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Contingency Theory retains a central place in organization and management research, but the concept organizational fit is treated generally in a relatively static and unidimensional manner, a manner that is incommensurate with the dynamic and often unpredictable, disruptive, multicontingency nature of organizational contexts today. Organizations address multiple, shifting contingency factors simultaneously, and as equilibria are punctuated with increasing frequency, one or more factors can be expected to change constantly. Seeking constantly to establish, re-establish and maintain "good" static fit may prove to represent an inferior strategy. Yet this represents a centerpiece of Contingency Theory as we know it. The problem is that the concept static fit is becoming anachronistic, and both conceptual and methodological tools for assessing and predicting dynamic fit with changing organizations and multicontingency contexts remain largely absent. In this article, we work to extend Contingency Theory through conceptualization of dynamic organizational fit , articulating an inherently dynamic relationship between multicontingency fit and organizational performance. We begin with promising contingency conceptualizations in Organization and Management Theory, and then draw from Dynamics to inform both conceptualization and operationalizati on of dynamic fit in terms of longitudinal, multidimensional trajectories. We illustrate the ensuing conceptual integration in a punctuated equilibrium context, and elucidate important interrelationships between static and dynamic organizational fit. This moves us considerably beyond fit as a static concept and unidimensional construct, and offers insight into operationalization via two, new, inherently dynamic constructs . A set of evocative research propositions emerges, and we guide continued research along the lines of this investigation.
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CONCEPTUALIZING DYNAMIC ORGANIZATIONAL FIT IN
MULTICONTINGENCY CONTEXTS1

MARK E. NISSEN
TARA A. LEWELING
Naval Postgraduate School
Information Sciences Department
589 Dyer Road, Room 200A
Monterey, CA 93943-5000
Tel: (831) 656-3570
Fax: (831) 656-3679
Email: MNissen@nps.edu



1 In: Proceedings Academy of Management Conference, Anaheim, CA (August 2008).

CONCEPTUALIZING DYNAMIC ORGANIZATIONAL FIT IN
MULTICONTINGENCY CONTEXTS


ABSTRACT
Contingency Theory retains a central place in organization and management research, but the
concept organizational fit is treated generally in a relatively static and unidimensional manner, a
manner that is incommensurate with the dynamic and often unpredictable, disruptive,
multicontingency nature of organizational contexts today. Organizations address multiple,
shifting contingency factors simultaneously, and as equilibria are punctuated with increasing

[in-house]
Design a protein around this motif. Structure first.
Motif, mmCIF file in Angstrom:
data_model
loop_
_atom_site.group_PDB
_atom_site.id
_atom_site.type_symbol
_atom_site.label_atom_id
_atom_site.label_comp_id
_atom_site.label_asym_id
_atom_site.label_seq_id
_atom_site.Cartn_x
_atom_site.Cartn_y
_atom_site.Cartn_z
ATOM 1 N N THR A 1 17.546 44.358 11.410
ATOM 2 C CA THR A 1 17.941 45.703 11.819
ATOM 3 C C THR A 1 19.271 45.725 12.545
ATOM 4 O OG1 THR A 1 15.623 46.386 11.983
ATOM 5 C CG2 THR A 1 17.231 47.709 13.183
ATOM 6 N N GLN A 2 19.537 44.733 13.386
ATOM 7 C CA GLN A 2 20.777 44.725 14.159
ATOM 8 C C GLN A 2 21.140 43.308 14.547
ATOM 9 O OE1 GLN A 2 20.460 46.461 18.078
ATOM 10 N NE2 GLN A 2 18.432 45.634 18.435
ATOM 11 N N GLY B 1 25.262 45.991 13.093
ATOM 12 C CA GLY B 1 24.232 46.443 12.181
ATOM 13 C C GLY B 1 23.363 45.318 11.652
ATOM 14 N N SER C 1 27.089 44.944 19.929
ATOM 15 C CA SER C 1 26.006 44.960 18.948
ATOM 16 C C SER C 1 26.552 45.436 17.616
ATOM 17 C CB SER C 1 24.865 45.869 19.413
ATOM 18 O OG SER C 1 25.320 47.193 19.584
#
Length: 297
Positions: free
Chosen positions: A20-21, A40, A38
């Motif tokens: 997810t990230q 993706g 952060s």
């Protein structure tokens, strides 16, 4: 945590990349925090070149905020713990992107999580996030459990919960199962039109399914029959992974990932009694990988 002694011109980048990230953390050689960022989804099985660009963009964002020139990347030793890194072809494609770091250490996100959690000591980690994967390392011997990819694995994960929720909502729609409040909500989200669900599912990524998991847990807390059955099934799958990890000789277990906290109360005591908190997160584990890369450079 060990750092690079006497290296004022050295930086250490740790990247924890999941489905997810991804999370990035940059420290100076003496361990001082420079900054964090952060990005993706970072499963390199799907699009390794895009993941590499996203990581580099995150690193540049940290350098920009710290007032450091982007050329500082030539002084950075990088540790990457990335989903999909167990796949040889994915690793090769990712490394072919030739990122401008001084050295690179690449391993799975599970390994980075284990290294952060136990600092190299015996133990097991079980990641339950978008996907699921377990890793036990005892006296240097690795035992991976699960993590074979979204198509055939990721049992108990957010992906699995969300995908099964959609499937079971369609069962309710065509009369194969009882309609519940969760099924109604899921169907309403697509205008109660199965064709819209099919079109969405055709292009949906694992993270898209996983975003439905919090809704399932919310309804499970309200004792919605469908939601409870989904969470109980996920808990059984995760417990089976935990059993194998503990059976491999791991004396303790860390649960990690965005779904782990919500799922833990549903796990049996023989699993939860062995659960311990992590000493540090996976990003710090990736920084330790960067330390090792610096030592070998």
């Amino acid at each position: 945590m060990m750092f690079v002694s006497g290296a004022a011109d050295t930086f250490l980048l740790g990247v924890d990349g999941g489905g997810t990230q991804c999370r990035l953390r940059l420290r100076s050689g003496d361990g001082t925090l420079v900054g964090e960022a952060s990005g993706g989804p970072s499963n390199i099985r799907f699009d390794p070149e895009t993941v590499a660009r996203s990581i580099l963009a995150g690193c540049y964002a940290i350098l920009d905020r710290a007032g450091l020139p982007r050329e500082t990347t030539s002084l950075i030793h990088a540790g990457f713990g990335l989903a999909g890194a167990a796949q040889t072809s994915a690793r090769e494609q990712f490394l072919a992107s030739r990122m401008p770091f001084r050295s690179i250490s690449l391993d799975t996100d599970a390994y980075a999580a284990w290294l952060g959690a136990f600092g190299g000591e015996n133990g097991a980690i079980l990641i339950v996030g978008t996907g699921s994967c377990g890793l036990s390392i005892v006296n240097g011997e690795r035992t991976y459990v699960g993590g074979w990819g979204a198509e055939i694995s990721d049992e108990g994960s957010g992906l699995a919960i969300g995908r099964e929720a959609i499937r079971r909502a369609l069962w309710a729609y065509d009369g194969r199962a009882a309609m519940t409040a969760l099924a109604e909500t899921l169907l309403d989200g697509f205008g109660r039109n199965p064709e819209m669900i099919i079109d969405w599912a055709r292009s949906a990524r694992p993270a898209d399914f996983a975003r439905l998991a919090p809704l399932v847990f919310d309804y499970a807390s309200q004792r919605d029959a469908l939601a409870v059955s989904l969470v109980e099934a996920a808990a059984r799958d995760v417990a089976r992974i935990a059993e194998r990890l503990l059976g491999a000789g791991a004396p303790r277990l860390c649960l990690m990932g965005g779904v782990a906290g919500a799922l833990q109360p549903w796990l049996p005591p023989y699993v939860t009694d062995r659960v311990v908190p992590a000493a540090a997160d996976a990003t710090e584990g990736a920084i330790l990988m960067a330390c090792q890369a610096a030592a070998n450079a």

frequency, one or more factors can be expected to change constantly. Seeking constantly to
establish, re-establish and maintain “good” static fit may prove to represent an inferior strategy.
Yet this represents a centerpiece of Contingency Theory as we know it. The problem is that the
concept static fit is becoming anachronistic, and both conceptual and methodological tools for
assessing and predicting dynamic fit with changing organizations and multicontingency contexts
remain largely absent. In this article, we work to extend Contingency Theory through
conceptualization of dynamic organizational fit, articulating an inherently dynamic relationship
between multicontingency fit and organizational performance. We begin with promising
contingency conceptualizations in Organization and Management Theory, and then draw from
Dynamics to inform both conceptualization and operationalization of dynamic fit in terms of
longitudinal, multidimensional trajectories. We illustrate the ensuing conceptual integration in a
punctuated equilibrium context, and elucidate important interrelationships between static and
dynamic organizational fit. This moves us considerably beyond fit as a static concept and
unidimensional construct, and offers insight into operationalization via two, new, inherently
dynamic constructs. A set of evocative research propositions emerges, and we guide continued
research along the lines of this investigation.

INTRODUCTION
For more than a half century, Contingency Theory has retained a central place in organization
and management research. Beginning with seminal works by Burns and Stalker (1961),
Woodward (1965), and Lawrence and Lorsch (1967), organization and management theory has
been guided by the understanding that no single approach to organizing is best in all
circumstances. Moreover, myriad empirical studies (e.g., Argote, 1982; Donaldson, 1987;
Hamilton & Shergill, 1992, 1993; Keller, 1994; cf. Mohr, 1971; Pennings, 1975) have confirmed
and reconfirmed that poor organizational fit degrades performance, and many diverse

1

organizational structures (e.g., Functional, Decentralized, Mixed, see Duncan, 1979), forms (e.g.,
Bureaucracy, see Weber 1924/1947; M-Form, see Chandler Jr., A. D., 1962; Clan, see Ouchi,